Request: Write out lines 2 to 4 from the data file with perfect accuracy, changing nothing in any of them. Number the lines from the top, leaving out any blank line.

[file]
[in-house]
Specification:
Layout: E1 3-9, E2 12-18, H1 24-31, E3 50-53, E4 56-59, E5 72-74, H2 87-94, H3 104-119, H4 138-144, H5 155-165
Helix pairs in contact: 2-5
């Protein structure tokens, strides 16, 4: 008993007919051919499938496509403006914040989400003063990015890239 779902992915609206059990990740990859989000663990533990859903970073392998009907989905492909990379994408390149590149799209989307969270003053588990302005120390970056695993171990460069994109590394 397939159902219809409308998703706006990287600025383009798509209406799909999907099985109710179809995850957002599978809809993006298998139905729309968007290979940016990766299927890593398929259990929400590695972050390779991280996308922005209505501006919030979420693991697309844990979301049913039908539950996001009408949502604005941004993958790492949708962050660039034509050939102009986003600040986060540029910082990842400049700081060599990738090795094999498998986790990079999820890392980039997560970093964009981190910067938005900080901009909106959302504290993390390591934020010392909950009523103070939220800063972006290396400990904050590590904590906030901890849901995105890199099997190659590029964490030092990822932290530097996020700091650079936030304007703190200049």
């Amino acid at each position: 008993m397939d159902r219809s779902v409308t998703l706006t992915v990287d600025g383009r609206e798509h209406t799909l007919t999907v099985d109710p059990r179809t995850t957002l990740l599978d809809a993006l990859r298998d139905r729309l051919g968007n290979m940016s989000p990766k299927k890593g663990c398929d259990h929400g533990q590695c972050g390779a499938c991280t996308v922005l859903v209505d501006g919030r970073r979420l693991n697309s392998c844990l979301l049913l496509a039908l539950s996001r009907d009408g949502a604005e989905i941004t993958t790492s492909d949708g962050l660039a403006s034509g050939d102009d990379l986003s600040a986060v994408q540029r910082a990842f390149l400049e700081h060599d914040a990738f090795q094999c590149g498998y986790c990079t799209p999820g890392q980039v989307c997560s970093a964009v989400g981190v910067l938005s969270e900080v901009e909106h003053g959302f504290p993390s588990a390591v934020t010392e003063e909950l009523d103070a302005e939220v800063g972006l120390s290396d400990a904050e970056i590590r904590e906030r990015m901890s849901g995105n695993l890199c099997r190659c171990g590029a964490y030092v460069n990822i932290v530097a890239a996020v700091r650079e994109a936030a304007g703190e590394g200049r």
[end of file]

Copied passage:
Specification:
Layout: E1 3-9, E2 12-18, H1 24-31, E3 50-53, E4 56-59, E5 72-74, H2 87-94, H3 104-119, H4 138-144, H5 155-165
Helix pairs in contact: 2-5